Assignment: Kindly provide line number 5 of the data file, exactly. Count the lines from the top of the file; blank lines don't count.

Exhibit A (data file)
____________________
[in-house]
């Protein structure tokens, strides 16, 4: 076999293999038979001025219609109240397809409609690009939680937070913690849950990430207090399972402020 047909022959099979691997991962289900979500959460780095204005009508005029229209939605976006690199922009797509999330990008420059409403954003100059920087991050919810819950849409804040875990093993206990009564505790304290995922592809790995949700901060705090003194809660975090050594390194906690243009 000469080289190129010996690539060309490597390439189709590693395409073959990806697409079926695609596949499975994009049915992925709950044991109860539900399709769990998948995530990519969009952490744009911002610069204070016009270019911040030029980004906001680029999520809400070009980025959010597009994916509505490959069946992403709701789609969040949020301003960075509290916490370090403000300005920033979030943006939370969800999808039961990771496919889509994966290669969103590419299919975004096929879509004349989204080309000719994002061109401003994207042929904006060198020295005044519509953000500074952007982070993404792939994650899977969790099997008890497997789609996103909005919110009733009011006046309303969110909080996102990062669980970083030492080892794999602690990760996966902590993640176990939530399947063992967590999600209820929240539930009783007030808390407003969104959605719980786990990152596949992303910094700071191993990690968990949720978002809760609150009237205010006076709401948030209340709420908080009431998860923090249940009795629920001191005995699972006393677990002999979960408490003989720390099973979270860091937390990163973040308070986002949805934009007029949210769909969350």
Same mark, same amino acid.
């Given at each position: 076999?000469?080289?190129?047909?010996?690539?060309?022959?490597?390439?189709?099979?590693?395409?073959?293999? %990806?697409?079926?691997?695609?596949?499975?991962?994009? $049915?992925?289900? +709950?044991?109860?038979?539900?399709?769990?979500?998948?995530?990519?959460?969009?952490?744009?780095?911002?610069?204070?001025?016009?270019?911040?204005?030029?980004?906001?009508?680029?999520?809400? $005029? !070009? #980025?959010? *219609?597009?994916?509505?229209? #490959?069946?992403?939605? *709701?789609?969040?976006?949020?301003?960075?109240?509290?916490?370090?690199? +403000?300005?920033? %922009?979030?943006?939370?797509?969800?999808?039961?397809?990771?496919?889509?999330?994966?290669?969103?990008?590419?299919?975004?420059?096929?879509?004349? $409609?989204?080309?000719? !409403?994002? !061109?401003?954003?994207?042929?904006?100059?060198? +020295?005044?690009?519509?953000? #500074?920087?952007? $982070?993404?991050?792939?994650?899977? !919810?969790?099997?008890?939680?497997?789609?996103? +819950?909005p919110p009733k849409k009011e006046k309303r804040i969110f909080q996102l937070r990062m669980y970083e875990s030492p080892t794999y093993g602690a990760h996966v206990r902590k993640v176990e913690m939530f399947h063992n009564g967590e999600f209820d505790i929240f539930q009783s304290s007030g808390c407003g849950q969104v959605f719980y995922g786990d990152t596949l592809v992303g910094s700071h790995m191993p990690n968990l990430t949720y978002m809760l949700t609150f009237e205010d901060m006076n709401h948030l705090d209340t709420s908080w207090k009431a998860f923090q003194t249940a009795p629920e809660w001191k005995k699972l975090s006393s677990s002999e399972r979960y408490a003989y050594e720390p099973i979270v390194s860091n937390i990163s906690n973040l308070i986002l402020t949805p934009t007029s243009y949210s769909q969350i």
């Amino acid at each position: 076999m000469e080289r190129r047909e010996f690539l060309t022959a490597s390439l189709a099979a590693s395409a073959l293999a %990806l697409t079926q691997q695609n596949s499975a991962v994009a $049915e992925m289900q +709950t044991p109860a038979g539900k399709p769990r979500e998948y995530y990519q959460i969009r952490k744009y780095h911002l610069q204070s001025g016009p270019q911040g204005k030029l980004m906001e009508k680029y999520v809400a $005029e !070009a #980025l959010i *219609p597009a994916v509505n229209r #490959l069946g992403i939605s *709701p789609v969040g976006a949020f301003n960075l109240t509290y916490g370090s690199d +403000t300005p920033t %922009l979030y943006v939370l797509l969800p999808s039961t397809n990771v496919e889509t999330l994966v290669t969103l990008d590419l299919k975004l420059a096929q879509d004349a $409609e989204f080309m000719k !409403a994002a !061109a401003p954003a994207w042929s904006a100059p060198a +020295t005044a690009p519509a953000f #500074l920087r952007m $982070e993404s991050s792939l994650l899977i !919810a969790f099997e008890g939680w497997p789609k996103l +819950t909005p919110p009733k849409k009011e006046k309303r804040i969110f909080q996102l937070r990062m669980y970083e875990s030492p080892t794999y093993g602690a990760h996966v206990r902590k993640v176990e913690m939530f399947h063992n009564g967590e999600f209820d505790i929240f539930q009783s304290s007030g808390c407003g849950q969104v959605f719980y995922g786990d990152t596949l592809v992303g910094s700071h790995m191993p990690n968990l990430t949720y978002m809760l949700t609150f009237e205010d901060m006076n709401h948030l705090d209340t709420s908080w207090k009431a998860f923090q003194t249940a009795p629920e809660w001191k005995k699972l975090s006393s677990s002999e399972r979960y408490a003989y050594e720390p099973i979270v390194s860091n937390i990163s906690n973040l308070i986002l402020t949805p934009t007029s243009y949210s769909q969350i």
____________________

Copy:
């Amino acid at each position: 076999m000469e080289r190129r047909e010996f690539l060309t022959a490597s390439l189709a099979a590693s395409a073959l293999a %990806l697409t079926q691997q695609n596949s499975a991962v994009a $049915e992925m289900q +709950t044991p109860a038979g539900k399709p769990r979500e998948y995530y990519q959460i969009r952490k744009y780095h911002l610069q204070s001025g016009p270019q911040g204005k030029l980004m906001e009508k680029y999520v809400a $005029e !070009a #980025l959010i *219609p597009a994916v509505n229209r #490959l069946g992403i939605s *709701p789609v969040g976006a949020f301003n960075l109240t509290y916490g370090s690199d +403000t300005p920033t %922009l979030y943006v939370l797509l969800p999808s039961t397809n990771v496919e889509t999330l994966v290669t969103l990008d590419l299919k975004l420059a096929q879509d004349a $409609e989204f080309m000719k !409403a994002a !061109a401003p954003a994207w042929s904006a100059p060198a +020295t005044a690009p519509a953000f #500074l920087r952007m $982070e993404s991050s792939l994650l899977i !919810a969790f099997e008890g939680w497997p789609k996103l +819950t909005p919110p009733k849409k009011e006046k309303r804040i969110f909080q996102l937070r990062m669980y970083e875990s030492p080892t794999y093993g602690a990760h996966v206990r902590k993640v176990e913690m939530f399947h063992n009564g967590e999600f209820d505790i929240f539930q009783s304290s007030g808390c407003g849950q969104v959605f719980y995922g786990d990152t596949l592809v992303g910094s700071h790995m191993p990690n968990l990430t949720y978002m809760l949700t609150f009237e205010d901060m006076n709401h948030l705090d209340t709420s908080w207090k009431a998860f923090q003194t249940a009795p629920e809660w001191k005995k699972l975090s006393s677990s002999e399972r979960y408490a003989y050594e720390p099973i979270v390194s860091n937390i990163s906690n973040l308070i986002l402020t949805p934009t007029s243009y949210s769909q969350i």